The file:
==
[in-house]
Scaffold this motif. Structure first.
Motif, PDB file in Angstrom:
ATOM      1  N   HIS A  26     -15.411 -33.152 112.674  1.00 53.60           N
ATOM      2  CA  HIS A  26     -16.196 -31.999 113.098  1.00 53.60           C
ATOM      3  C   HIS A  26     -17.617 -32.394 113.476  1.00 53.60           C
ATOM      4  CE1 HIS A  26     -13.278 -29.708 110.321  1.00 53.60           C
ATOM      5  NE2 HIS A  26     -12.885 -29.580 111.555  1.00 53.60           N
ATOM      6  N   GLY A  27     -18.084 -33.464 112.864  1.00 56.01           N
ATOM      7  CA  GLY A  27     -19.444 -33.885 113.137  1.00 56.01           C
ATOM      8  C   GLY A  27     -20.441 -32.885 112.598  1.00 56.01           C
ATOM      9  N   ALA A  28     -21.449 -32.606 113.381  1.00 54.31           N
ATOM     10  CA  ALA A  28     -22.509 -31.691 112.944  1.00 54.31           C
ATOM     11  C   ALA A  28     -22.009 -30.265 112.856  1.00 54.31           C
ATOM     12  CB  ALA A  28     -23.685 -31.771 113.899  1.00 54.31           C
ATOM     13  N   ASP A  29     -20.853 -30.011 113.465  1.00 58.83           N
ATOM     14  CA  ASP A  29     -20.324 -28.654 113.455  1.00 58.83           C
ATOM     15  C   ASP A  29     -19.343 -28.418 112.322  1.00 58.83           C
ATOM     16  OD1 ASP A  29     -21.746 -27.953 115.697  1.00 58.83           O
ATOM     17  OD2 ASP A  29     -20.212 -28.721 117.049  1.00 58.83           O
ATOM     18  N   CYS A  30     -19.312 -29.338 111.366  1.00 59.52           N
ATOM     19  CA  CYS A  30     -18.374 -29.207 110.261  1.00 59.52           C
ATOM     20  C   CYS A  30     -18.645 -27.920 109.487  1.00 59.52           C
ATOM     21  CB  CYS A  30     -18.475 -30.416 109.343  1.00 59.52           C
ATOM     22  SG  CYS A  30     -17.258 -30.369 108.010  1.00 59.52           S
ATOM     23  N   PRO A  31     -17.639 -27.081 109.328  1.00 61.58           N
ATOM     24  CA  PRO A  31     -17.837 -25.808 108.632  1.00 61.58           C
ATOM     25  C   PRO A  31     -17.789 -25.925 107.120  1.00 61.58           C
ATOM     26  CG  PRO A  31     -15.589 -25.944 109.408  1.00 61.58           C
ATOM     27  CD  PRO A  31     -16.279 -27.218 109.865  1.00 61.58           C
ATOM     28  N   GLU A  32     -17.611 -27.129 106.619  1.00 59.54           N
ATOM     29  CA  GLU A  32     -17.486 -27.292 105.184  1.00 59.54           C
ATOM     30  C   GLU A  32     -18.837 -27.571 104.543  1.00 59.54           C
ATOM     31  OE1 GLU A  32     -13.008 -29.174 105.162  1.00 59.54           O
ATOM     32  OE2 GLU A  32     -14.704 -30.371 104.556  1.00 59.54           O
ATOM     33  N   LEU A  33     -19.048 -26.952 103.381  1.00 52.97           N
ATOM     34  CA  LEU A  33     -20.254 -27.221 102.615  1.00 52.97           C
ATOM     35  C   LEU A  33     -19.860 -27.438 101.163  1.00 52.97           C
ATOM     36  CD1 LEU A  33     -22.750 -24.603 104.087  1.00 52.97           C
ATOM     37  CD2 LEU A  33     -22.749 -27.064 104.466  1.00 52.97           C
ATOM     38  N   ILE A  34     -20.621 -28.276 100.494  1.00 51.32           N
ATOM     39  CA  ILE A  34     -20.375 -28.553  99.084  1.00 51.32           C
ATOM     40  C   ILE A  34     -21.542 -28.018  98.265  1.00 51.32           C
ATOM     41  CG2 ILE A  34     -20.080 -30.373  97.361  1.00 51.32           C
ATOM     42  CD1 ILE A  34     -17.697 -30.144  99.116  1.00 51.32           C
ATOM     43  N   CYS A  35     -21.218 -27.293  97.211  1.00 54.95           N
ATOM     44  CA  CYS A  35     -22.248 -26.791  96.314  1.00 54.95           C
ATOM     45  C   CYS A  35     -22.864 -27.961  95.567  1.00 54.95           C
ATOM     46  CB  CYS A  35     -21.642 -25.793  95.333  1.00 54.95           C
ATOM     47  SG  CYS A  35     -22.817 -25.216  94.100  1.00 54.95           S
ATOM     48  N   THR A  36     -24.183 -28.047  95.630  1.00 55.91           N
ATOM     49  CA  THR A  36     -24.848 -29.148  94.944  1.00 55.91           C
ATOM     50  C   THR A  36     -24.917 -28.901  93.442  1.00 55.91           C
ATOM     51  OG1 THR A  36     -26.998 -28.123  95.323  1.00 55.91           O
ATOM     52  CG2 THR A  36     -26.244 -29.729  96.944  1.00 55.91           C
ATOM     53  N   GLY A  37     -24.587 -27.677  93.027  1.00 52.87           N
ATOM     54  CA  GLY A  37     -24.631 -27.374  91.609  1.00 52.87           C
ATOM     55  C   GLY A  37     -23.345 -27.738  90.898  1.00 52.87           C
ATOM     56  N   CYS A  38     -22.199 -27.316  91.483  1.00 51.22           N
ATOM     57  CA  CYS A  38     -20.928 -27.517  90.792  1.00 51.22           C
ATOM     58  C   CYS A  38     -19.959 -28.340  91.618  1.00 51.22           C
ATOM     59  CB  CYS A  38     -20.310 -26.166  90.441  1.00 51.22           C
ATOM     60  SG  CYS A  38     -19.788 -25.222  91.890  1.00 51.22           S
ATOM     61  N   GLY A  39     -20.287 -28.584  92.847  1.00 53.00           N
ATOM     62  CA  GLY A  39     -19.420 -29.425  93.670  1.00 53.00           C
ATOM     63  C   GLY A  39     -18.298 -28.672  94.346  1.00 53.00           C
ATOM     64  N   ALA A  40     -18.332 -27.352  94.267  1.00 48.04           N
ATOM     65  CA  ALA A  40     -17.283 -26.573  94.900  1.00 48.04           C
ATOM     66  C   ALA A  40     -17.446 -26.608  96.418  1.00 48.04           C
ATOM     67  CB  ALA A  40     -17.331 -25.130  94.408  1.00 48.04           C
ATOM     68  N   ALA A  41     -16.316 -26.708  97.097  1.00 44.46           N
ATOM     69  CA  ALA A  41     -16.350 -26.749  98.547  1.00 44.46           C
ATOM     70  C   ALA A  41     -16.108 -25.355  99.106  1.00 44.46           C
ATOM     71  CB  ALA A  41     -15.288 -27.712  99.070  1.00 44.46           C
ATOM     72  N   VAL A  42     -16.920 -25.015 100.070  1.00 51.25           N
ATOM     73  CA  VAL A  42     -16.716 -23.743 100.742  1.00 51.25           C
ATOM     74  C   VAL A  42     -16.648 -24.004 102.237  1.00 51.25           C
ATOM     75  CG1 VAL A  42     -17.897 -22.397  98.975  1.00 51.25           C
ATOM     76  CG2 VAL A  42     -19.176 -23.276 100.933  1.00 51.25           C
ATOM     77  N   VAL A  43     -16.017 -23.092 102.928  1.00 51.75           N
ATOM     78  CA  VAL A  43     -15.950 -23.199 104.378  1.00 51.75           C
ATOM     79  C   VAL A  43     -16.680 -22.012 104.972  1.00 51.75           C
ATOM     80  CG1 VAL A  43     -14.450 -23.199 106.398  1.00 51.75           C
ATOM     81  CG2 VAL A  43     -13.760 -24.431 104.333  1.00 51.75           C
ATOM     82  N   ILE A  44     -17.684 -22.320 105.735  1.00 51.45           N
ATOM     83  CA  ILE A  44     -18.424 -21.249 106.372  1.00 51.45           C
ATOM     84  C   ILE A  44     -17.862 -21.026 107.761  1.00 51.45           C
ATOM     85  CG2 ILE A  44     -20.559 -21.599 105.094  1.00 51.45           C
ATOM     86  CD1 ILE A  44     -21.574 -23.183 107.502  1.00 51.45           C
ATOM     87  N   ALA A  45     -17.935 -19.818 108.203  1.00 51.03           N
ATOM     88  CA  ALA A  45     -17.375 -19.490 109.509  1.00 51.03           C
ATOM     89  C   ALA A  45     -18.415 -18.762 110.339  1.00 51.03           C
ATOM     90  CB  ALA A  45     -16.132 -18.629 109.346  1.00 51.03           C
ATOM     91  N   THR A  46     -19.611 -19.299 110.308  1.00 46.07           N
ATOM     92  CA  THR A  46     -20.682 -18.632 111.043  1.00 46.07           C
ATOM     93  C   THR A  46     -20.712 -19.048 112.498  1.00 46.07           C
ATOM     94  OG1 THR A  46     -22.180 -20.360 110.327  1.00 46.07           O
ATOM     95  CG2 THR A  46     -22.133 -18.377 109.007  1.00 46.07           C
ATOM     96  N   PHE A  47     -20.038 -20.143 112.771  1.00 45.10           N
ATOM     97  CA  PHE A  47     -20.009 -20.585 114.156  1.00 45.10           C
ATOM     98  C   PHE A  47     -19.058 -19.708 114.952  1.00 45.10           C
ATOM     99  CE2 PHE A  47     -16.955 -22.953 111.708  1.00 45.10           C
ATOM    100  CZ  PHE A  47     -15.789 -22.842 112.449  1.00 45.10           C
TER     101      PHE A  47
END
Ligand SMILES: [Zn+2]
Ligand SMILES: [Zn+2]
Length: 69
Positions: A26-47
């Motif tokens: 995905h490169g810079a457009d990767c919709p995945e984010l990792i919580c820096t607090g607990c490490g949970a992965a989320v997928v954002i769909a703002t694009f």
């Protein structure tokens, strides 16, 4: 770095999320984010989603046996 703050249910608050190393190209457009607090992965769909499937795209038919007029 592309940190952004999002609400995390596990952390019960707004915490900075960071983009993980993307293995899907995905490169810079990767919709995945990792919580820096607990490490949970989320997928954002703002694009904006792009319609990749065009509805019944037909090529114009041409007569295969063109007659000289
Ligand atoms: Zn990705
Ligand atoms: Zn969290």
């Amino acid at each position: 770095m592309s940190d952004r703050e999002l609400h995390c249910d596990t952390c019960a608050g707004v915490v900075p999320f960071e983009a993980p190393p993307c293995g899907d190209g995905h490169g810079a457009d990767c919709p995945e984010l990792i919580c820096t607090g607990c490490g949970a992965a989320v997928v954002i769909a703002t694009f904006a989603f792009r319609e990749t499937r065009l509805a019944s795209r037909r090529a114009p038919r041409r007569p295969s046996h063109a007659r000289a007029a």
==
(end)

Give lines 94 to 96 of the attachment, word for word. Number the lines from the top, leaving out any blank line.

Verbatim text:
ATOM     91  N   THR A  46     -19.611 -19.299 110.308  1.00 46.07           N
ATOM     92  CA  THR A  46     -20.682 -18.632 111.043  1.00 46.07           C
ATOM     93  C   THR A  46     -20.712 -19.048 112.498  1.00 46.07           C